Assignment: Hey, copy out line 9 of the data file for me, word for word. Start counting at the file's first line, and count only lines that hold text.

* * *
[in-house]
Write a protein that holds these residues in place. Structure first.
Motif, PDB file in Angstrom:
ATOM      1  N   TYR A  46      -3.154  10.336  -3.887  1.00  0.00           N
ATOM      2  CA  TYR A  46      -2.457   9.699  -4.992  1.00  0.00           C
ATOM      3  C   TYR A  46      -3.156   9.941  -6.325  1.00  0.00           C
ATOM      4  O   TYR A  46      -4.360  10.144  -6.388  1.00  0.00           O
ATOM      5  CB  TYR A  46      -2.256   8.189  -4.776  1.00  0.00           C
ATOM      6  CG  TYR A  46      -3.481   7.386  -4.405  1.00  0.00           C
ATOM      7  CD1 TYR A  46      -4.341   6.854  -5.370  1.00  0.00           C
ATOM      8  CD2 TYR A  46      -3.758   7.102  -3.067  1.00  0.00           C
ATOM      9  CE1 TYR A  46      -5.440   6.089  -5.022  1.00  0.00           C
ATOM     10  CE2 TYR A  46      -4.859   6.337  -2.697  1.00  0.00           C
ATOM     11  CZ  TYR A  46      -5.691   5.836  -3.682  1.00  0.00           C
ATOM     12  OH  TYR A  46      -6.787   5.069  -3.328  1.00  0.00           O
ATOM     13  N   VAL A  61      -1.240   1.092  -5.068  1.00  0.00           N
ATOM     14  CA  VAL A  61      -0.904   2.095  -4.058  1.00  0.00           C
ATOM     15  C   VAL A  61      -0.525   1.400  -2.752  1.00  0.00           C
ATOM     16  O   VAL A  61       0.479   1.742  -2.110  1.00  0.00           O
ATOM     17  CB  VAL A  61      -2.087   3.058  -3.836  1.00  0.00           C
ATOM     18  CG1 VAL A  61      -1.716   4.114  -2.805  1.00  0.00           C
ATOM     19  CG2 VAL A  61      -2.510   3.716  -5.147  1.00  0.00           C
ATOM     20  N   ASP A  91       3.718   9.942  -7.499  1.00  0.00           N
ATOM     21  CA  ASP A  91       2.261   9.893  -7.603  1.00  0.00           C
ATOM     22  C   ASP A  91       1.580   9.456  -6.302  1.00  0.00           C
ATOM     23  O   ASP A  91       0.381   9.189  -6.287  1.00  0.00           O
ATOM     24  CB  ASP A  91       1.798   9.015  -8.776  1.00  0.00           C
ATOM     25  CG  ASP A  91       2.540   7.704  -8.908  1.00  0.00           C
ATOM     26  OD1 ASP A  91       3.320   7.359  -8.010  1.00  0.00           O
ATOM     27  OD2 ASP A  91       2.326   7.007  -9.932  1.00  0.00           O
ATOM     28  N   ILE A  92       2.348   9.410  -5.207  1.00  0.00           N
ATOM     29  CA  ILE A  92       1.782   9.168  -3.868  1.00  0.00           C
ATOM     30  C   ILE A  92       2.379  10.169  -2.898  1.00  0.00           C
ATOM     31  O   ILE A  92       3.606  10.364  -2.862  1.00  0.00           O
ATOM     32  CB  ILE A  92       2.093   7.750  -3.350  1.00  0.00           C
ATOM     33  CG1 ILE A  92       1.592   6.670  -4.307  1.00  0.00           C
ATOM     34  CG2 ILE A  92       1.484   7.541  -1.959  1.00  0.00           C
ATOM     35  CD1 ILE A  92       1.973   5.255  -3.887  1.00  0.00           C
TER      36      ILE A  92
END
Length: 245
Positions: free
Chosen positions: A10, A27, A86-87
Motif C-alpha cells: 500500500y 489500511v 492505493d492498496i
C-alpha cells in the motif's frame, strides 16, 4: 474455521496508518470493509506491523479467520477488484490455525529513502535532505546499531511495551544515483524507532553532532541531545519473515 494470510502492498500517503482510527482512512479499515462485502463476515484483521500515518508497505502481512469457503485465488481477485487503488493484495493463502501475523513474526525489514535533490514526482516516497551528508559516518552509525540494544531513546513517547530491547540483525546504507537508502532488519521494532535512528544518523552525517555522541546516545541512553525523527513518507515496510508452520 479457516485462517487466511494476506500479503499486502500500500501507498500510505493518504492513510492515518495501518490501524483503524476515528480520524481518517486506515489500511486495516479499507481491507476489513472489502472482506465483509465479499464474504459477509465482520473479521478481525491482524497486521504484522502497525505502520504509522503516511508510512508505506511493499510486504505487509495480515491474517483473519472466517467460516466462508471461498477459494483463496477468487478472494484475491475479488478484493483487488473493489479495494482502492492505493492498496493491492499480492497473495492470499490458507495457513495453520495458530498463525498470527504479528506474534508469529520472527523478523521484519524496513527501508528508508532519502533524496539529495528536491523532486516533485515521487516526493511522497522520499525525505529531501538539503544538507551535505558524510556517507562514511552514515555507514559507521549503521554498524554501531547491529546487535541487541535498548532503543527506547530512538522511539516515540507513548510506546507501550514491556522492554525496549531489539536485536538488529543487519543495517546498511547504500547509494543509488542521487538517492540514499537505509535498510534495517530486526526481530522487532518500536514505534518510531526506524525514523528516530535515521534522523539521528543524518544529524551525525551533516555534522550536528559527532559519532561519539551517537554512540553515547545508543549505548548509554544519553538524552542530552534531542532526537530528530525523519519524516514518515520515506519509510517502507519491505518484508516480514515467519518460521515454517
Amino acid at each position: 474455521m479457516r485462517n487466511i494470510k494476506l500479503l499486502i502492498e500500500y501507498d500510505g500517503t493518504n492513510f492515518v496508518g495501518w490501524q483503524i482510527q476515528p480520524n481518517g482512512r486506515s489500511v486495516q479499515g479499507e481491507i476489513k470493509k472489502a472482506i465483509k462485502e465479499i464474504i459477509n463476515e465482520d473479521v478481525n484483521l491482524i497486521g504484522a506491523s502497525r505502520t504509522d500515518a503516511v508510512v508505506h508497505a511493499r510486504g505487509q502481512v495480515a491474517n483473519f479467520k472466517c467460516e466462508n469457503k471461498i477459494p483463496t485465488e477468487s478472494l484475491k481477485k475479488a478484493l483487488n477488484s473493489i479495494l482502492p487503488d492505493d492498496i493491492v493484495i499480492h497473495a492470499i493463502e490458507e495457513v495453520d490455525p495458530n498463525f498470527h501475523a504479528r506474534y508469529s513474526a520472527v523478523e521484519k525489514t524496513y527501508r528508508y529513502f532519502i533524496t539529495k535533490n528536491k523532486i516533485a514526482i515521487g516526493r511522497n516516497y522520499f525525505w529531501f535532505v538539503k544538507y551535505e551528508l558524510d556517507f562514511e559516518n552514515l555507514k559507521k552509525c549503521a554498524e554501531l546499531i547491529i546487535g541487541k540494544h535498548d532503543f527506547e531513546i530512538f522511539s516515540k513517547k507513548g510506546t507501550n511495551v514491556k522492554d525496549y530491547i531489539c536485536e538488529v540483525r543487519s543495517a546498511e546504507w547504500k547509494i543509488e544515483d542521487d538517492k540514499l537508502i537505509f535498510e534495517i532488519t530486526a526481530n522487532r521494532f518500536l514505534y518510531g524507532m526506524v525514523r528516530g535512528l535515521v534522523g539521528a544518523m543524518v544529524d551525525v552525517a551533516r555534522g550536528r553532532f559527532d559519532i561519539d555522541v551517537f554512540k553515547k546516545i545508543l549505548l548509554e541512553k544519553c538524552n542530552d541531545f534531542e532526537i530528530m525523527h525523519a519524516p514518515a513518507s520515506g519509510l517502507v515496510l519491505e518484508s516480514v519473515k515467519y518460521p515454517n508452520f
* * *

ATOM      6  CG  TYR A  46      -3.481   7.386  -4.405  1.00  0.00           C